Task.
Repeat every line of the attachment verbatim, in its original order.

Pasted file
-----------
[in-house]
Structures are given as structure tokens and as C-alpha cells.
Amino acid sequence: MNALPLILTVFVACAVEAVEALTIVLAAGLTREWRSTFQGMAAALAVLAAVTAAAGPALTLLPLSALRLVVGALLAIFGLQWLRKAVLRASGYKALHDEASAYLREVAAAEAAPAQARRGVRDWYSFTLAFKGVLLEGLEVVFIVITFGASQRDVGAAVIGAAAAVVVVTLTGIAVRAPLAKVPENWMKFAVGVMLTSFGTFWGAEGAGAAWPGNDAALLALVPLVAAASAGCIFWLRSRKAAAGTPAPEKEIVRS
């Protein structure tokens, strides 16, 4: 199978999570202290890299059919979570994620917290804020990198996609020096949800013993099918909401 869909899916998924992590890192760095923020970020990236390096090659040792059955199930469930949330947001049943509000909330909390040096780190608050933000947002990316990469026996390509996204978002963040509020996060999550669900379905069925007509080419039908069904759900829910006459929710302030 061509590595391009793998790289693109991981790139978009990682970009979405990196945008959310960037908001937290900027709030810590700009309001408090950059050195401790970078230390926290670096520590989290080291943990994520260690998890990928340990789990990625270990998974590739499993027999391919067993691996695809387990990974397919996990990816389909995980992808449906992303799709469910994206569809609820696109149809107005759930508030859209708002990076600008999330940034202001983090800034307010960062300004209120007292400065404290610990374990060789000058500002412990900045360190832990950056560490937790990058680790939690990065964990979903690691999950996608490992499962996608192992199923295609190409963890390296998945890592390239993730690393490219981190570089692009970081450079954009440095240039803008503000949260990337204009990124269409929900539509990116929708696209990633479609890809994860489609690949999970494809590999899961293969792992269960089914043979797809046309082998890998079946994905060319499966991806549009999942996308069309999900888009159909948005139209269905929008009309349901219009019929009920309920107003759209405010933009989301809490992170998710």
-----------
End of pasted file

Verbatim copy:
[in-house]
Structures are given as structure tokens and as C-alpha cells.
Amino acid sequence: MNALPLILTVFVACAVEAVEALTIVLAAGLTREWRSTFQGMAAALAVLAAVTAAAGPALTLLPLSALRLVVGALLAIFGLQWLRKAVLRASGYKALHDEASAYLREVAAAEAAPAQARRGVRDWYSFTLAFKGVLLEGLEVVFIVITFGASQRDVGAAVIGAAAAVVVVTLTGIAVRAPLAKVPENWMKFAVGVMLTSFGTFWGAEGAGAAWPGNDAALLALVPLVAAASAGCIFWLRSRKAAAGTPAPEKEIVRS
């Protein structure tokens, strides 16, 4: 199978999570202290890299059919979570994620917290804020990198996609020096949800013993099918909401 869909899916998924992590890192760095923020970020990236390096090659040792059955199930469930949330947001049943509000909330909390040096780190608050933000947002990316990469026996390509996204978002963040509020996060999550669900379905069925007509080419039908069904759900829910006459929710302030 061509590595391009793998790289693109991981790139978009990682970009979405990196945008959310960037908001937290900027709030810590700009309001408090950059050195401790970078230390926290670096520590989290080291943990994520260690998890990928340990789990990625270990998974590739499993027999391919067993691996695809387990990974397919996990990816389909995980992808449906992303799709469910994206569809609820696109149809107005759930508030859209708002990076600008999330940034202001983090800034307010960062300004209120007292400065404290610990374990060789000058500002412990900045360190832990950056560490937790990058680790939690990065964990979903690691999950996608490992499962996608192992199923295609190409963890390296998945890592390239993730690393490219981190570089692009970081450079954009440095240039803008503000949260990337204009990124269409929900539509990116929708696209990633479609890809994860489609690949999970494809590999899961293969792992269960089914043979797809046309082998890998079946994905060319499966991806549009999942996308069309999900888009159909948005139209269905929008009309349901219009019929009920309920107003759209405010933009989301809490992170998710």